The Early Word: El Camion

Inside El Camion.
Inside El Camion.
Lauren Shockey

The East Village has its fair share of Mexican cantinas, but you can't really ever have too many tacos and tequilas in life, can you? So over the weekend we headed to Avenue A to check out the month-old El Camion.

Margarita Magic.
Margarita Magic.
Lauren Shockey

El Camion stocks an impressive roster of 23 different tequilas, so we started the day off (it was a Sunday, after all) with a margarita ($10). Made with Patr;oacute;n silver and fresh lime juice, it was well-balanced and very refreshing. We would have gone with additional cocktails (like the mojito-inspired rum drinks, plus some other fruity margarita-like tipples including the gingerita -- Hornitos Reposado, freshly squeezed lime juice, triple sec, and ginger puree), but we were already a little buzzed. But next time!

Chips, salsa, and guac.
Chips, salsa, and guac.
Lauren Shockey

Our guacamole ($6), however, cried out for more lime and cilantro. As it was, it reminded us of pureed avocado. But the chips, which are made in-house, were salty and crispy, and the accompanying roasted tomato salsa was tasty, if on the mild side.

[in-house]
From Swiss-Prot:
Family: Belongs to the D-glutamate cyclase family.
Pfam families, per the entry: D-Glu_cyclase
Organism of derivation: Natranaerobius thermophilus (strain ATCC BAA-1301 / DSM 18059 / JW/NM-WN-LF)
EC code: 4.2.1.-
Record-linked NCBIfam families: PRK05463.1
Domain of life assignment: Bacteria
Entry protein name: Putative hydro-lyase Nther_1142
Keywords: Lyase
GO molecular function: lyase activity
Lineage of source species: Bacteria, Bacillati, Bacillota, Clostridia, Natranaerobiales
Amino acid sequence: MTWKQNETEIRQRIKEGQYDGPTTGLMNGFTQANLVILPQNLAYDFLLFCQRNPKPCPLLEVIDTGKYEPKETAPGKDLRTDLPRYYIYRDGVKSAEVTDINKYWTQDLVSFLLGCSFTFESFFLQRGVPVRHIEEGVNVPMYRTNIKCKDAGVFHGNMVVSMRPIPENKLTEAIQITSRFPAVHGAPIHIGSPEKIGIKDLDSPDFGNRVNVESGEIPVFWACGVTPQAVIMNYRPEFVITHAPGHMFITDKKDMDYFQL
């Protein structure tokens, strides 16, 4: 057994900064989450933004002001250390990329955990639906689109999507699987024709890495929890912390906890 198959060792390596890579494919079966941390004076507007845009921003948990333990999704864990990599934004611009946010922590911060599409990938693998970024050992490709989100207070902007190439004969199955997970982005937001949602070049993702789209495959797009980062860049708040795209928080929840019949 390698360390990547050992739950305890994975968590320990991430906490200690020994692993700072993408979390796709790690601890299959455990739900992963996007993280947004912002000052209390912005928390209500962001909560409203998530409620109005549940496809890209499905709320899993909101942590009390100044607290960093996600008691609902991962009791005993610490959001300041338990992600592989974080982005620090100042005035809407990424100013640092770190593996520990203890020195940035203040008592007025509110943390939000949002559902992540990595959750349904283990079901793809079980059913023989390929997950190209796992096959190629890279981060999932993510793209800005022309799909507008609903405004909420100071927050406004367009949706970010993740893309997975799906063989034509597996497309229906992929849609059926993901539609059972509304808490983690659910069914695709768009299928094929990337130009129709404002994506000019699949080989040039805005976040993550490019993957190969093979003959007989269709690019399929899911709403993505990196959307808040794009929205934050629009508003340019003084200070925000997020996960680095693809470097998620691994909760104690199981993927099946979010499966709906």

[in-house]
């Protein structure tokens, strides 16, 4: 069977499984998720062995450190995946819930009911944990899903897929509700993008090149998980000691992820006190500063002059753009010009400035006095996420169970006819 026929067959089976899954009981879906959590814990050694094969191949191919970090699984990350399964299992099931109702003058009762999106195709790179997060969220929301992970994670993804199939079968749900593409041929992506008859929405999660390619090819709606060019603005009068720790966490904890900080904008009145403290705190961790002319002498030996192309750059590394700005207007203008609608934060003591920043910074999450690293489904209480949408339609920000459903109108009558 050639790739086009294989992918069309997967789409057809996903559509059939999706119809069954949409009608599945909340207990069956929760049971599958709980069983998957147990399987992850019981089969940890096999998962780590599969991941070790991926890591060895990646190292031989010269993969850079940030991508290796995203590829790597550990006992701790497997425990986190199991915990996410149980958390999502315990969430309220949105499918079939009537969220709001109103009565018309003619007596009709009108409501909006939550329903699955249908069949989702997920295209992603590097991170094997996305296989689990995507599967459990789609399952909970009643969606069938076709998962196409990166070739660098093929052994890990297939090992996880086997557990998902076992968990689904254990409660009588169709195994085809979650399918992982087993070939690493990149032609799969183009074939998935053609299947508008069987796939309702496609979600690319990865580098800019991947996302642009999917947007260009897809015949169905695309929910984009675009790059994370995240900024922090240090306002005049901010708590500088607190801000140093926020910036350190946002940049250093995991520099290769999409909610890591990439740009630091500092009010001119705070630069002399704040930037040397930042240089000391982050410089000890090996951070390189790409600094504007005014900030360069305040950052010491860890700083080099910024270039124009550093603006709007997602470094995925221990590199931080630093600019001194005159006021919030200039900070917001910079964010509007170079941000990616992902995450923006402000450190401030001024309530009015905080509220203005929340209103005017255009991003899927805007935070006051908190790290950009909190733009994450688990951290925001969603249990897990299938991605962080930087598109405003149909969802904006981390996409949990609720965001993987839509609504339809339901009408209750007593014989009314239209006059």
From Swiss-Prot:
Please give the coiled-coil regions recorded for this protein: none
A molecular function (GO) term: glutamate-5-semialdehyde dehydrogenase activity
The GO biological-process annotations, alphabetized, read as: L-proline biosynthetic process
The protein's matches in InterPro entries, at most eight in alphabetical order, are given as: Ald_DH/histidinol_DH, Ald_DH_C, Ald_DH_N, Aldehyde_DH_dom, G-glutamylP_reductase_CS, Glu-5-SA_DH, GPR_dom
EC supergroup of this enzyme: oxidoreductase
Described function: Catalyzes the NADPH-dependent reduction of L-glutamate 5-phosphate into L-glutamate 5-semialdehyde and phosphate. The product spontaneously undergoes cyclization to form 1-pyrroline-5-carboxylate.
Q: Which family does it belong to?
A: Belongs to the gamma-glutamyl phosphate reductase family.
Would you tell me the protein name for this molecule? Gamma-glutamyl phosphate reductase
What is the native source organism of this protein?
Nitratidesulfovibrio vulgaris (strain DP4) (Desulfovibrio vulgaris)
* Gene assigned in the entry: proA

Tostaditas, three ways.
Tostaditas, three ways.
Lauren Shockey

We split an order of the seafood tostaditas, which included chipotle-accented crab, slightly char-grilled shrimp with tomatillo, and fish with pico de gallo. The $12 portion was quite large, easily enough for two people to share. The fish was a little overcooked, but the crab picked up the chipotle flavor well. It was good, although not amazing.

 

Fish tacos, but not like in Baja.
Fish tacos, but not like in Baja.
Lauren Shockey

Less successful were the Baja-style fish tacos ($9), since the fish was bland and the tortillas too dried-out.

Fajita fiesta.
Fajita fiesta.
Lauren Shockey

The restaurant serves several different fajitas, and we opted for the chicken ($15), which was a huge portion. The moist, sliced chicken breast was topped with a light chipotle salsa over a bed of sliced bell and poblano peppers, and was served with rice and beans. Guacamole, pico de gallo, and sour cream accompanied the hot tortillas. The flavors were the most pronounced in this dish, and we'd probably come back to try the other fajitas (steak, shrimp, or veggie).

The final verdict? There are clearly better Mexican restaurants in New York, but there are also many worse ones. It's not really a go-out-of-your-way destination, but it fits the bill as a perfectly fine neighborhood cantina. The space is quite enjoyable and cozy (pressed-tin ceilings, a nice bar) and sun-drenched in the daytime with its two full walls of windows, making this a good boozy brunch spot. And come afternoon, there's a $5 (!) happy-hour margarita special.

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